Expect Netanyahu to do everything to torpedo recognition of Palestine; expect him to try to weaken Fatah, Abu Mazen and Fayyad, and thus to strengthen Hamas’ extremist wing. As a result, Israel’s legitimacy will indeed come under ever more fire. But let’s face it: this is good for Netanyahu. No right-wing politician ever stayed in power if he didn’t succeed in frightening his electorate to death.
May 23, 2011
With Benjamin Netanyahu’s speech coming up in front of the U.S. Congress, one wonders what he will say and mean (and even how boisterous a standing ovation he will receive in comparison to other foreign leaders or even our own POTUS):
Netanyahu’s real positions are basically analogous the three Arab “No” in the infamous 1967 Khartoum declaration: He says no to a viable Palestinian state; he doesn’t want an agreement with them; and, ultimately, he doesn’t really want negotiations with them. The whole rest, from the Bar-Ilan speech to his latest statement is make-believe to keep international pressure at bay and claim that he really wants a peace agreement.
But Netanyahu’s international credibility is at a total low. Foreign diplomats, politicians or journalists I speak to do not believe a word of Netanyahu’s rhetoric about the Palestinians as peace-refuseniks. By bogging down peace negotiations with his endless bickering about settlement construction, he was just trying to buy time. This, together with keeping Lieberman in the foreign ministry, has totally eroded his international trustworthiness.
Netanyahu will try to mobilize his last allies, AIPAC and the Republicans in Congress, to put pressure on Obama to torpedo recognition of Palestine. He will give his usual spiel about Israel’s being in existential danger; he will talk about the nature of worldwide terror. Most of all he will warn that Israel’s existential legitimacy is under threat.
May 23, 2011
Glenn Greenwald has a long piece on Obama’s stance towards Israel/Palestine that is worth a full read. Money quote:
I don’t believe Obama is guided in these efforts by any principled concern or moral empathy for the plight of Palestinians or the injustice of the 45-year-old occupation; it seems clear that he isn’t ever driven by considerations of that sort. But what he is, at least compared to the prior President, is a competent technocrat, a more calculating imperial manager, able to rationally assess costs and benefits with a ruthless analytical stoicism. And Obama has been surrounded by top advisers — such as Gen. James Jones and David Petraeus — who clearly recognize, and have publicly said, that the festering Israeli/Palestinian conflict, and the (obviously accurate) perception in the Muslim world that the U.S. enables Israel, is harmful in numerous ways to U.S. interests in the region. Especially with largely anti-Israel Arab public opinion starting to supplant easily manipulated, U.S.-serving Arab tyrants, it is vital — for what the U.S. government perceives to be its interests in the region — that Israel reach a peace agreement, and that in turn requires that the U.S. use its leverage to pressure Israel to do things it plainly does not want to do.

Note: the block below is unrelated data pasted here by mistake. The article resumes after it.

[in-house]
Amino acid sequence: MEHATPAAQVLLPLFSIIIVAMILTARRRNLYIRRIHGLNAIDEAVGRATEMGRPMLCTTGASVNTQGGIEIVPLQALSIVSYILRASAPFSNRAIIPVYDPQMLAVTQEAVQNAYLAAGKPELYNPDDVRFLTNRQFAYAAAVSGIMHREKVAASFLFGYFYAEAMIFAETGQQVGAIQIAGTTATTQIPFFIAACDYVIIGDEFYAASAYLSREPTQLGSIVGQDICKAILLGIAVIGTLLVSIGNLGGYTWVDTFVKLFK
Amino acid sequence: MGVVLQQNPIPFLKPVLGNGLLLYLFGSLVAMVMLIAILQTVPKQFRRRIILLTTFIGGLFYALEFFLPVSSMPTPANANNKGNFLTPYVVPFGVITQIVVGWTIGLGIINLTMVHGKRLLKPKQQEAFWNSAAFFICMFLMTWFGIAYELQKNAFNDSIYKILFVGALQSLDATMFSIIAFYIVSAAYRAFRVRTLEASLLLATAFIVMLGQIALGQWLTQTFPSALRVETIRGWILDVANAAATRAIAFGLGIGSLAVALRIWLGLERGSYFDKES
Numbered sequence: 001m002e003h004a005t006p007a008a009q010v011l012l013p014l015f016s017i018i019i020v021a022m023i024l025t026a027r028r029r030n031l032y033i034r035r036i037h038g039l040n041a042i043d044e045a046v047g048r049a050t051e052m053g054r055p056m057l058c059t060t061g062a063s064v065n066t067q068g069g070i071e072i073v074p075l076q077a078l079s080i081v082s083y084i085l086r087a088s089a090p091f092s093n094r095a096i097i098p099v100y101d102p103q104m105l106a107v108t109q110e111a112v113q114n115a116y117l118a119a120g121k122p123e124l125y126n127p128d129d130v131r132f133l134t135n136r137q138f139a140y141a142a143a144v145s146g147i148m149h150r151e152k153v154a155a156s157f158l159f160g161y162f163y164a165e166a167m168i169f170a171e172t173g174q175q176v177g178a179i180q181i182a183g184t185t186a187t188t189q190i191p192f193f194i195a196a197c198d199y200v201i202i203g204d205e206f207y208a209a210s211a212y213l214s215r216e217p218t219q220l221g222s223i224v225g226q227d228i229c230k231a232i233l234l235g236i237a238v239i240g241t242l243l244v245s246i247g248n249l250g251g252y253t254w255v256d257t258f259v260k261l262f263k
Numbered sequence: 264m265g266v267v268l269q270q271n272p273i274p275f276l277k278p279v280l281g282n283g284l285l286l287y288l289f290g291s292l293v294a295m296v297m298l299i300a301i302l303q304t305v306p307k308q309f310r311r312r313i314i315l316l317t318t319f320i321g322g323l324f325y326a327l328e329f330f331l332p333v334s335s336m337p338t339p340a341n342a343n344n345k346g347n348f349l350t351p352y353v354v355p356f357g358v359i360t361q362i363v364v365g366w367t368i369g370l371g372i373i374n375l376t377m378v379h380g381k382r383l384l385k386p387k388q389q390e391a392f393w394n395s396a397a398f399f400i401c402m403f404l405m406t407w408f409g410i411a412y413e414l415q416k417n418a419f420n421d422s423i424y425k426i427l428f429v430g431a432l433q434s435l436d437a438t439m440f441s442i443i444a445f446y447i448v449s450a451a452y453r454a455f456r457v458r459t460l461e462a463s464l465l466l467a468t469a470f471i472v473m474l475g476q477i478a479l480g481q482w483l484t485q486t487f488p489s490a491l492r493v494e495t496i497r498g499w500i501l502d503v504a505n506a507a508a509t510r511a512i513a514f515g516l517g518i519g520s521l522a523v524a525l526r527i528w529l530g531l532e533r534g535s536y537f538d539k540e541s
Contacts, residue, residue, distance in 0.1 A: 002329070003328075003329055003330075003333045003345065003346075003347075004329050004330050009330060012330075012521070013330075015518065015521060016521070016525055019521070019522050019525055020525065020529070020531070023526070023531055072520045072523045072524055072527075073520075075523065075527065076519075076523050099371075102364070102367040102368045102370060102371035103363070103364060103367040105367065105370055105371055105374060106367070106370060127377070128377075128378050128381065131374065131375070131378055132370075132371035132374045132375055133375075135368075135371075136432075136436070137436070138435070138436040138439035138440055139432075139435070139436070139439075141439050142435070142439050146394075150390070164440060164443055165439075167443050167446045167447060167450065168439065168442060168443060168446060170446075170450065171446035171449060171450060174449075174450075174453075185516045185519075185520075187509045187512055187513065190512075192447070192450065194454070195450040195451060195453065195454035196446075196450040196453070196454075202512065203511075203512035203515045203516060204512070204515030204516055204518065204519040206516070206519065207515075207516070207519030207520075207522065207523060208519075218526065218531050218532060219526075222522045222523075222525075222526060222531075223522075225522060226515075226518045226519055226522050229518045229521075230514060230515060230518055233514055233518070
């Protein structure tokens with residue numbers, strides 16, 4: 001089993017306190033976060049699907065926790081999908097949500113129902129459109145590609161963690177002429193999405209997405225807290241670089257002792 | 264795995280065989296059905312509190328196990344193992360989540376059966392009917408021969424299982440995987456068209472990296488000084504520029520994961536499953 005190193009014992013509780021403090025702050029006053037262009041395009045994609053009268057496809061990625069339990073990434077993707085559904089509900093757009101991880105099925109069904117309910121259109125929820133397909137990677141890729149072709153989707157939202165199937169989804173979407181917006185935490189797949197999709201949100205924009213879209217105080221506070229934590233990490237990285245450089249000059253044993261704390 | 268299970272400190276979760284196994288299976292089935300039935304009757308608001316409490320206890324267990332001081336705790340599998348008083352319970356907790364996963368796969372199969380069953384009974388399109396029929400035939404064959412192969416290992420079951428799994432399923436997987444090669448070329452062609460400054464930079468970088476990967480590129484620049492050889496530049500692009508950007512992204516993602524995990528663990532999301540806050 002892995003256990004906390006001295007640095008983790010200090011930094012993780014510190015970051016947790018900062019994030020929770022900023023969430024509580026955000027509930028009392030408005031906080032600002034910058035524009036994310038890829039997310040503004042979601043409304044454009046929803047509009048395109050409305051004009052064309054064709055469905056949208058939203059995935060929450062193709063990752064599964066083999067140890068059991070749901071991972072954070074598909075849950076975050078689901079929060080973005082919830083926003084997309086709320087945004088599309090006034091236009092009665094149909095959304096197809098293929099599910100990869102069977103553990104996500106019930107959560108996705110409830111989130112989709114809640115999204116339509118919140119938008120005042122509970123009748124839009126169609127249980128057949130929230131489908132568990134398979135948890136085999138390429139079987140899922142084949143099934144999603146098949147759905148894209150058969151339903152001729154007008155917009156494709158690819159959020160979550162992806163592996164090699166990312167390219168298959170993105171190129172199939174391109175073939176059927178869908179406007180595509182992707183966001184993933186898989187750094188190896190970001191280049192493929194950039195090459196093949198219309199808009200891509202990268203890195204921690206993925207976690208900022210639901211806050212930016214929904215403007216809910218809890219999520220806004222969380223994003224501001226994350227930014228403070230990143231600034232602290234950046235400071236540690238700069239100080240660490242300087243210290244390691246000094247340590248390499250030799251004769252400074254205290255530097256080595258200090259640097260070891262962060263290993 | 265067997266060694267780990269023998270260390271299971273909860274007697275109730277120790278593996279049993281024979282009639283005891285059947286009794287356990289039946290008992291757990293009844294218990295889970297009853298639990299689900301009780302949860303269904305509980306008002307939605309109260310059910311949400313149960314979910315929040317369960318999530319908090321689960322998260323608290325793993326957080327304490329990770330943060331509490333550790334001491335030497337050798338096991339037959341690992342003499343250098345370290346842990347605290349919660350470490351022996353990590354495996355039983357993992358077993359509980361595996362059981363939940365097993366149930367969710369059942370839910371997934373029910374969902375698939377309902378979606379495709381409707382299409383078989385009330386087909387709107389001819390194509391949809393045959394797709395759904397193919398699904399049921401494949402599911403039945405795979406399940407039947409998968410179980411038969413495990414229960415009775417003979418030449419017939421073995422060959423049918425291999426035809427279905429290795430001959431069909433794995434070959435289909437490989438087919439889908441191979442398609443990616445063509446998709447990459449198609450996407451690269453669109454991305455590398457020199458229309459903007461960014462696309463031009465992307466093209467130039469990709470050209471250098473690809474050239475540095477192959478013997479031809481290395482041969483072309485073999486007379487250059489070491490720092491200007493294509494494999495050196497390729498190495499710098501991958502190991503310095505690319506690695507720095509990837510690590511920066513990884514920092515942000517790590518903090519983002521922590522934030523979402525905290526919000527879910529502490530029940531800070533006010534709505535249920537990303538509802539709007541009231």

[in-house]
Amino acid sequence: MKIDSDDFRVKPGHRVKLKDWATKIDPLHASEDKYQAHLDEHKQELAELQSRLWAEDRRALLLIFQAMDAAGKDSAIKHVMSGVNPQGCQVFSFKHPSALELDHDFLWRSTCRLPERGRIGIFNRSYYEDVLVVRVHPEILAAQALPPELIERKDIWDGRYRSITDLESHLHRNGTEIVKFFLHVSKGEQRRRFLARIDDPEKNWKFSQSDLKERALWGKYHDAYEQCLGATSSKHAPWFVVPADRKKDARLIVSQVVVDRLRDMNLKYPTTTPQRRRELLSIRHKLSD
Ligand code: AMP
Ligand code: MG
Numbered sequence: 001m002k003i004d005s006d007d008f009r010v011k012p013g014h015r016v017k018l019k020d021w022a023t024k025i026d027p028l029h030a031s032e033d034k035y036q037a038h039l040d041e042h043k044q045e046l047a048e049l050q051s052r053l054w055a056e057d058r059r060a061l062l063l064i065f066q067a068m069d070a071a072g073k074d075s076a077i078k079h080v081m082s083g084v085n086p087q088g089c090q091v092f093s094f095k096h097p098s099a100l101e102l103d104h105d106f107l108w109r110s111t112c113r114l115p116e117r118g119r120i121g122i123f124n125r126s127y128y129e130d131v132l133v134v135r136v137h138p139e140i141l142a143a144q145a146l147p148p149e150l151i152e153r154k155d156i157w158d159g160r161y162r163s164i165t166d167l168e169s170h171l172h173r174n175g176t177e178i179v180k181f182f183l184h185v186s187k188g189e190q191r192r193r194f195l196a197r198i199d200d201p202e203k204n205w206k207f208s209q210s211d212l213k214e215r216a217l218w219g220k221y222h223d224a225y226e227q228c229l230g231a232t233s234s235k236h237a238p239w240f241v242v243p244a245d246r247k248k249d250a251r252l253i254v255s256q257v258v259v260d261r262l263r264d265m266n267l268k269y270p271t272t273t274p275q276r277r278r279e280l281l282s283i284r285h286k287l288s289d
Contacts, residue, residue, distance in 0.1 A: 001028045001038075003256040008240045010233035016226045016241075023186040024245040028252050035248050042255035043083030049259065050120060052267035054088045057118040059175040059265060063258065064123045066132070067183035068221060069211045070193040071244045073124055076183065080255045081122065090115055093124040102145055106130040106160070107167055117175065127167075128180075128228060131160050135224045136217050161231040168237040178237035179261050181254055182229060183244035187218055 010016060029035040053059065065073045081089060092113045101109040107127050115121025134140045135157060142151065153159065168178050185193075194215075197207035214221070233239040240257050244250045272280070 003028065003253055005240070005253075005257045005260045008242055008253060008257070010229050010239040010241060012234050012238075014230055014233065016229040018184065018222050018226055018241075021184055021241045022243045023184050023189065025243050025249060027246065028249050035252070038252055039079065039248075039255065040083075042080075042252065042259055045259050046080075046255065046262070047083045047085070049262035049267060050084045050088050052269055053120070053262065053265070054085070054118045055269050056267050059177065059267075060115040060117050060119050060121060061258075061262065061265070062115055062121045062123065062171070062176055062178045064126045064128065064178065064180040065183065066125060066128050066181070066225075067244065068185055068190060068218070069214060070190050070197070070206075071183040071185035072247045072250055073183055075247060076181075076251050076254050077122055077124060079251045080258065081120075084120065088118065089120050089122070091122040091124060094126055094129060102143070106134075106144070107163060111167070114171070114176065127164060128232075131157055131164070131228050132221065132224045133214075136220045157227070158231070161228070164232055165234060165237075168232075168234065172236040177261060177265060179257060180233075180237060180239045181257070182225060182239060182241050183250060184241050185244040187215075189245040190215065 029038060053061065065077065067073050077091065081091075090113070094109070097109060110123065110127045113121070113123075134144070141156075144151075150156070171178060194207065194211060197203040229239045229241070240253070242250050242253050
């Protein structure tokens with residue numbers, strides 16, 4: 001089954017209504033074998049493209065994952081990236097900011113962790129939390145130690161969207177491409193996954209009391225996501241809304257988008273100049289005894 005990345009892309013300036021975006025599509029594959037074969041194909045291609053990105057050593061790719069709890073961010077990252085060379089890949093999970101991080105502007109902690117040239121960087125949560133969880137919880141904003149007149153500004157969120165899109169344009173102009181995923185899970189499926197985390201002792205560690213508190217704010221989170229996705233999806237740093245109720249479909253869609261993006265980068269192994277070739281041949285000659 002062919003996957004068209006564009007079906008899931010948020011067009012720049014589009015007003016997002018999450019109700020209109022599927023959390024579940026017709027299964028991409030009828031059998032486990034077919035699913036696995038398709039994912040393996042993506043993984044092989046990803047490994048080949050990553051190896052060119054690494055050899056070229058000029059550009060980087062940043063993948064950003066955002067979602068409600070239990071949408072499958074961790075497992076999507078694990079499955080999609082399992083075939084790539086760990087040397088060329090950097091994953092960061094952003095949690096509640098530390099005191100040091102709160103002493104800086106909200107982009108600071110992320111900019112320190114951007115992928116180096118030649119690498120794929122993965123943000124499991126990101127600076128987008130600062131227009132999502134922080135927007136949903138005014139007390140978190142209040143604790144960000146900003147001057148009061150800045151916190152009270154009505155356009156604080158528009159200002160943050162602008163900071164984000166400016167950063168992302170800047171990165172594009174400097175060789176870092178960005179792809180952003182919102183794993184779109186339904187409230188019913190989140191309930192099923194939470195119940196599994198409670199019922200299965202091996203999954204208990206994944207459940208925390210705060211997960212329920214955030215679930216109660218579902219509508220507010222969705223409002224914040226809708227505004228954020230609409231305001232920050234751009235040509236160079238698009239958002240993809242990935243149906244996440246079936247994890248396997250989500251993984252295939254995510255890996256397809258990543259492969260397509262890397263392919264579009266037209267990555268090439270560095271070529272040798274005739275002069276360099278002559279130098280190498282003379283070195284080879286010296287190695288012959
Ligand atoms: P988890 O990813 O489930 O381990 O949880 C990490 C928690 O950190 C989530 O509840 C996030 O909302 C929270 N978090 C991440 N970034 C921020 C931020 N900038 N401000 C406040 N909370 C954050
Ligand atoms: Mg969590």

Regardless of Obama’s intentions here — and that remains unclear — a prerequisite to any meaningful change in U.S./Israel policy is the defeat of those who want to suppress the debate entirely. Those are the people now wildly demonizing the President for his tepid Middle East speech, and it’s why it is incumbent upon anyone who desires real change in this area to defend him from those attacks. At the very least, the notion that defying the Israeli Government is some sort of supreme evil — and, conversely, that loyalty to that government is a solemn duty — needs to be demolished.
May 22, 2011
Obama spoke this weekend to the pro-Israel Lobby The American Israel Public Affairs Committee (AIPAC). Watch it.
Obama, in my opinion, came hard out of the gates in this pep-rally type speech showing total support of Israel. Granted, he was speaking to a pro-Israel lobby group, but can anyone after watching this say he is anti-Israel?
May 22, 2011
Are we in the inside only to leave?
Leaving is just for the masks,
for pulpits and conventions.
Leaving is just
for the siege-that-comes-from-within,
the siege that comes from the Bedouin’s loins,
the siege of the brethren
tarnished by the taste of the blade
and the stink of crows.
We will not leave!
Outside they’re blocking the exits
and offering their blessings to the impostor,
Almighty God for our deaths.
” by Taha Muhammad Ali. Photo of the Qalandia checkpoint between Ramallah and Jerusalem on May 13, 2011 by Flickr user Omar Robert Hamilton